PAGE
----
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Worker's Health Insurance Bill Benefits Argued

by Kenny Goldberg
Oct 01, 2003

One of the most controversial bills awaiting action by California Governor Gray Davis, would require businesses to provide health insurance for their employees. The California Chamber of Commerce calls the measure a job killer, and says it would drive companies out of the state. But public health advocates say it's about time more businesses ponied up for their workers' health insurance. KPBS Health Reporter Kenny Goldberg has the story:

It's lunchtime at Sammy's Wood Fired Pizza in Mission Valley.

Business is good at this restaurant, and at the nine other Sammy's locations in San Diego County. The company operates an additional eight eateries in other parts of Southern California. All told, the company has 500 hourly workers, none of whom get benefits.

The pending bill, SB-2, would require businesses of Sammy's size to provide health insurance for all of its full-time employees, and their dependents. By law, companies would have to pay at least 80% of the premium.

Sammy's vice president Tom Penn says that would cost them $2 million a year.

"That's just not gonna happen. I mean, if it did happen it would just be passed on to the people dining in the restaurants somehow. But we wouldn't be able to swallow that kind of bill."

If the bill becomes law, it would be phased in over the next four years, and would effect companies differently, depending on their size. Businesses with 200 workers or more would have to offer employee and dependent coverage. Companies with 50 to 199 employees would only have to pay for their workers' health insurance. As an alternative, firms could pay into a special state fund for the uninsured. That amount has yet to be determined.

Either way, the California Chamber of Commerce says the bill would be a disaster.

"Given California's current economic climate, the increases we've seen in worker's comp, the increases we're seeing in unemployment insurance, this bill is a barrier to job creation and job retention in California."

Richard Costigan is the Chamber's vice president of government relations. He argues the measure would kill California's competitive edge.

"As a California employer, just the cost of one employee would be 2000 more than in the state of Nevada, or Arizona, or Florida or Utah for that matter, why would you look at expanding here? That's the problem. It does create a competitive disadvantage."

Not surprisingly, the author of SB-2 doesn't see it that way. Senate president pro-tem John Burton says his measure makes economic sense.

"It saves money for the state of California, saves money for County government, and helps level the playing field for those responsible businesses that do provide health coverage for their workers."

In fact, the business community is not uniformly opposed to SB-2. A recent survey from the Institute for Labor and Employment at UC Berkeley bears this out.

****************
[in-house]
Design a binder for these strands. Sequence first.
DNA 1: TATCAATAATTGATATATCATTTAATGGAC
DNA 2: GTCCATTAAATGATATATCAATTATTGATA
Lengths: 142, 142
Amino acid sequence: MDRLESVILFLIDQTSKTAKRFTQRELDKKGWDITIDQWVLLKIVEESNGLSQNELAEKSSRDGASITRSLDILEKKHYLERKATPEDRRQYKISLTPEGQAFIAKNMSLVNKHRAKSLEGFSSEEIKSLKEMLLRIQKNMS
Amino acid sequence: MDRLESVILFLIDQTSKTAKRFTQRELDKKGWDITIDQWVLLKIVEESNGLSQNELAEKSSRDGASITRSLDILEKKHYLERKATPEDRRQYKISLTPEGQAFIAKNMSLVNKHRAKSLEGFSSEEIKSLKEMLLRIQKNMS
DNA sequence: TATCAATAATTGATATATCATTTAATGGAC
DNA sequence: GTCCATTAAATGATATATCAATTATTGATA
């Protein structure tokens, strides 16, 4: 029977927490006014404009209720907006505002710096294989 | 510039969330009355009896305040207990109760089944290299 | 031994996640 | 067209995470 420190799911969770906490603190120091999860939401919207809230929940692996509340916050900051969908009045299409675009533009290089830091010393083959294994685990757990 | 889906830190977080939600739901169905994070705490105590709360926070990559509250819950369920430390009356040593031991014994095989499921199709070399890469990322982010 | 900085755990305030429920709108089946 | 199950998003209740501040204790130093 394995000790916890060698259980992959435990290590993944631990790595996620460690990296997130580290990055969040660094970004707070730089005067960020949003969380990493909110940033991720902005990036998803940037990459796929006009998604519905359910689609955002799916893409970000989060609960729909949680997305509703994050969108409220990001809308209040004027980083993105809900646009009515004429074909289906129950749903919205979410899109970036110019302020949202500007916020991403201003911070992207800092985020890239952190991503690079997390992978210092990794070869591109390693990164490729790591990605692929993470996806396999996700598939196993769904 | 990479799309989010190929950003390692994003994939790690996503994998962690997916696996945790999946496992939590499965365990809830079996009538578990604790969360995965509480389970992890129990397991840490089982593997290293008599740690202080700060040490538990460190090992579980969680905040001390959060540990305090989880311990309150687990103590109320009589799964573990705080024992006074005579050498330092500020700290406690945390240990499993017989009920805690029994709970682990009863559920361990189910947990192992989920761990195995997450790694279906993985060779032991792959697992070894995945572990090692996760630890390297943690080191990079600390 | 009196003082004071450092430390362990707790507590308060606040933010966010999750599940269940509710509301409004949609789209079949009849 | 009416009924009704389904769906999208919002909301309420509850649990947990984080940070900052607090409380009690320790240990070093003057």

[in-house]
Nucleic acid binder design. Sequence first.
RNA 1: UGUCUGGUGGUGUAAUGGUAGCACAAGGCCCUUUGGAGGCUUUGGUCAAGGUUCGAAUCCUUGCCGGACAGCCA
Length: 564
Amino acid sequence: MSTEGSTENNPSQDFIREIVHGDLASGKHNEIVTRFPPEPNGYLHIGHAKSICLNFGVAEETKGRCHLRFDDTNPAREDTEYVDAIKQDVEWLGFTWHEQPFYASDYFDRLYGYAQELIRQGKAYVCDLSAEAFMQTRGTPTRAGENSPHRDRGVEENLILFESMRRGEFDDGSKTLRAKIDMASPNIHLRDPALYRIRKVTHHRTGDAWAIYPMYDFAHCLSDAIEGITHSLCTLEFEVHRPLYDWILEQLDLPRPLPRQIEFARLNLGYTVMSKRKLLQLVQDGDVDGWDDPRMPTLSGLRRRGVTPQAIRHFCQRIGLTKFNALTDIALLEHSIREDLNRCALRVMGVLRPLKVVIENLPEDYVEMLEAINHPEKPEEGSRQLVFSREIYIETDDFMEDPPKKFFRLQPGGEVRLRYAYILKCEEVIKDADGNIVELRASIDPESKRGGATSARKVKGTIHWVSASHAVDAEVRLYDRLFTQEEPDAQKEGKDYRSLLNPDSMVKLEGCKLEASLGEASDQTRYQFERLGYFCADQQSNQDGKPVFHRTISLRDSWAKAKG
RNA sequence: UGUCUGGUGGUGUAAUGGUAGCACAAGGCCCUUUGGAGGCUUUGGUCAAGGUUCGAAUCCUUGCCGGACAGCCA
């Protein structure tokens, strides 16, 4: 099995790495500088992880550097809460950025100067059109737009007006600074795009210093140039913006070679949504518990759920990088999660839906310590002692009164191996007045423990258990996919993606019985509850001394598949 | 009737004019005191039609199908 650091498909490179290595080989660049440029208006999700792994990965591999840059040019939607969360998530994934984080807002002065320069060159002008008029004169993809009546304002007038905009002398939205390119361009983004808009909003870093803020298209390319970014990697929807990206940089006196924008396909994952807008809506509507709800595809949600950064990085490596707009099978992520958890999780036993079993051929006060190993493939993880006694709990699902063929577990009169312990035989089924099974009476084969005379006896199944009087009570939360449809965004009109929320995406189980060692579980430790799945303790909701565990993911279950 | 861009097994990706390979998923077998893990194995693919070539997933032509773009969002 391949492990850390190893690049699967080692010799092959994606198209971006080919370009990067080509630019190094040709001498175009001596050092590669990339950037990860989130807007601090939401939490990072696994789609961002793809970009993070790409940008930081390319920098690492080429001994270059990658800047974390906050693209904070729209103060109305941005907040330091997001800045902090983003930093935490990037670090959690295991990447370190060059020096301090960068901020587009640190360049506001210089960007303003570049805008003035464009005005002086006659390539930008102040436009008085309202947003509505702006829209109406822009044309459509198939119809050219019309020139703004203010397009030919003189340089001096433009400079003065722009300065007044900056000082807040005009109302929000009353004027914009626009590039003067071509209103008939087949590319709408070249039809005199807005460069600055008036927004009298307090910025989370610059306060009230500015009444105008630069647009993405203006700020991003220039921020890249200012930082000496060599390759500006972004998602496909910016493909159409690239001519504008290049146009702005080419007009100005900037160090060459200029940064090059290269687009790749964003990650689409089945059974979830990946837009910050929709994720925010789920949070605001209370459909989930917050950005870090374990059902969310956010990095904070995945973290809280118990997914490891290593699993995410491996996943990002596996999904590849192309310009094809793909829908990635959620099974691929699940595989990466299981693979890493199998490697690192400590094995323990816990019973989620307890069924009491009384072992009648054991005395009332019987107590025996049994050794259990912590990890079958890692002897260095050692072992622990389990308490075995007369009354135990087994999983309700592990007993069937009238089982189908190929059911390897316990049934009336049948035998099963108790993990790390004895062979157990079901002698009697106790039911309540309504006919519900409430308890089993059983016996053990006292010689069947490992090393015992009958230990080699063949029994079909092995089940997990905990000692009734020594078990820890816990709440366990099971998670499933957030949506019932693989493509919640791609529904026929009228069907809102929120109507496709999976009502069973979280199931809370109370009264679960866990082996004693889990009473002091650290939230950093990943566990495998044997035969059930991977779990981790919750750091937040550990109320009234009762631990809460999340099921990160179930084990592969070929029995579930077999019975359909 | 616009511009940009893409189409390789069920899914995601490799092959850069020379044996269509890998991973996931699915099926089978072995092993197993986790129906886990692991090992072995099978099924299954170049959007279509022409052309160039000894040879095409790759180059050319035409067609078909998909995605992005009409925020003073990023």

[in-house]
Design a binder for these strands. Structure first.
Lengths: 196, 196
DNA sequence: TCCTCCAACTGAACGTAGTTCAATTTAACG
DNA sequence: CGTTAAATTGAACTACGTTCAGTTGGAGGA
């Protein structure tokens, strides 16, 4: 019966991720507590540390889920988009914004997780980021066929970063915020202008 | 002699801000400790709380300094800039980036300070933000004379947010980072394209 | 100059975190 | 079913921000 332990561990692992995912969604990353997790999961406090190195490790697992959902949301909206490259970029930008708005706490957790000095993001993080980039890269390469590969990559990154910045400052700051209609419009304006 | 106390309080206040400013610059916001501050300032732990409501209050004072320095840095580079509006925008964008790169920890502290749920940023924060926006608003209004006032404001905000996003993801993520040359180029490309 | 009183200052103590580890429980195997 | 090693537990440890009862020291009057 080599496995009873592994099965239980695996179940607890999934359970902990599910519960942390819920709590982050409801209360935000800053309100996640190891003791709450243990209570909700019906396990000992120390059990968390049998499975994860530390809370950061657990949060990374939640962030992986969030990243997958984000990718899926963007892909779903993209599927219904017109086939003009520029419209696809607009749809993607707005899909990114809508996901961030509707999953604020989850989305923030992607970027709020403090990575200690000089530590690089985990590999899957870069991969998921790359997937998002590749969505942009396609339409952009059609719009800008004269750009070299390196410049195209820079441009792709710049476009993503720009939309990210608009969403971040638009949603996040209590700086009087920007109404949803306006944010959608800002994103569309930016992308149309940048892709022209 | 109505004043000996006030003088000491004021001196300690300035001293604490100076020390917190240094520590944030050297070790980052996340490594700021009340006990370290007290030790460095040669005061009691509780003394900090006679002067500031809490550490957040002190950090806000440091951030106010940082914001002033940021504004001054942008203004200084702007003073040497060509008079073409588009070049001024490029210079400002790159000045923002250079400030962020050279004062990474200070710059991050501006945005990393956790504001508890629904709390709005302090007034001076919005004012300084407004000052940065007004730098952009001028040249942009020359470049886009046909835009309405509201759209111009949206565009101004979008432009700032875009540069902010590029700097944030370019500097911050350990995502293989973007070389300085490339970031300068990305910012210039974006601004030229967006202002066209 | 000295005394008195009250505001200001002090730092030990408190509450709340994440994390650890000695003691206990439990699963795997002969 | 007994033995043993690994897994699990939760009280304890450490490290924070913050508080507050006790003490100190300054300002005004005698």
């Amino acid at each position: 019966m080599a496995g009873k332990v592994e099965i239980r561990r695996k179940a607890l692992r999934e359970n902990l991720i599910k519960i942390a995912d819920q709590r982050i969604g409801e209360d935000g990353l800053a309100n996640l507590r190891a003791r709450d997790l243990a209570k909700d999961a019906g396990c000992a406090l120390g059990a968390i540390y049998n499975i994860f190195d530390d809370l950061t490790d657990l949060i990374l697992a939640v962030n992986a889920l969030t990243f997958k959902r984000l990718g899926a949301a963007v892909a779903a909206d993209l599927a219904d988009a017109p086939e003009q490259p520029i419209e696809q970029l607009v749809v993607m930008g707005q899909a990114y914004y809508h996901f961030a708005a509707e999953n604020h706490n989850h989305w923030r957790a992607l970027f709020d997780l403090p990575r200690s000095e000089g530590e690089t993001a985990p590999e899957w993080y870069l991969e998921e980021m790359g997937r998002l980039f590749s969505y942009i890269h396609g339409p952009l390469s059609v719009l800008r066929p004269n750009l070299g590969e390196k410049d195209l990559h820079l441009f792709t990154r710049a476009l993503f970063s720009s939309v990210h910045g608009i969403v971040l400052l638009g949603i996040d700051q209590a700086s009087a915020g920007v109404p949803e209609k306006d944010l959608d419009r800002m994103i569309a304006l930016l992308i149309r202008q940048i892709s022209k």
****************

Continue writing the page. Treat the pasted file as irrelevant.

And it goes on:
More than six out of ten companies polled were in favor of employer-mandated health insurance. What's more, the survey found less than a quarter of California businesses would see an increase in operating costs of more than 1%.

Beth Kapell is with Health Access, a non-profit group that's lobbied hard for the measure's passage. She says the bill would remove about one-million people from the state's uninsured rolls. Kapell believes that would be good for California's economy.

"People who have health insurance don't face tens of thousands of dollars of bills from hospitals and doctors, and they're able to go out to the mall and buy new stuff, and buy new cars, and spend on restoring the economy."

Supporters of the measure point out most mid-sized and large companies in the state already provide health insurance to their workers. And because the bill only covers businesses with over 49 employees, the vast majority of California firms would be exempt.

Jamie Court directs the Foundation for Taxpayer and Consumer Rights. He thinks the measure is a good idea. But Court says it's missing an important element.

"If you're gonna require that all employers in the state over a certain size pay for health coverage, and coverage costs are exploding, it's a good idea to regulate the costs of that coverage. And we're hoping that the governor will sign this bill because that will mean that in the coming three, four years before implementation of the plan, there will be some new cost controls on the industry."

Governor Davis is under enormous political pressure from Democrats, doctors groups, and labor leaders to sign SB-2. At the same time, he's being barraged by the Chamber of Commerce to veto it. And the recall election adds even more fuel to the fire on both sides.

The Davis Administration has given input to the measure along the way. But the governor says he hasn't taken a close look at the final version. Nonetheless, Davis says he'll act on it before next Tuesday's election.

Kenny Goldberg, KPBS News.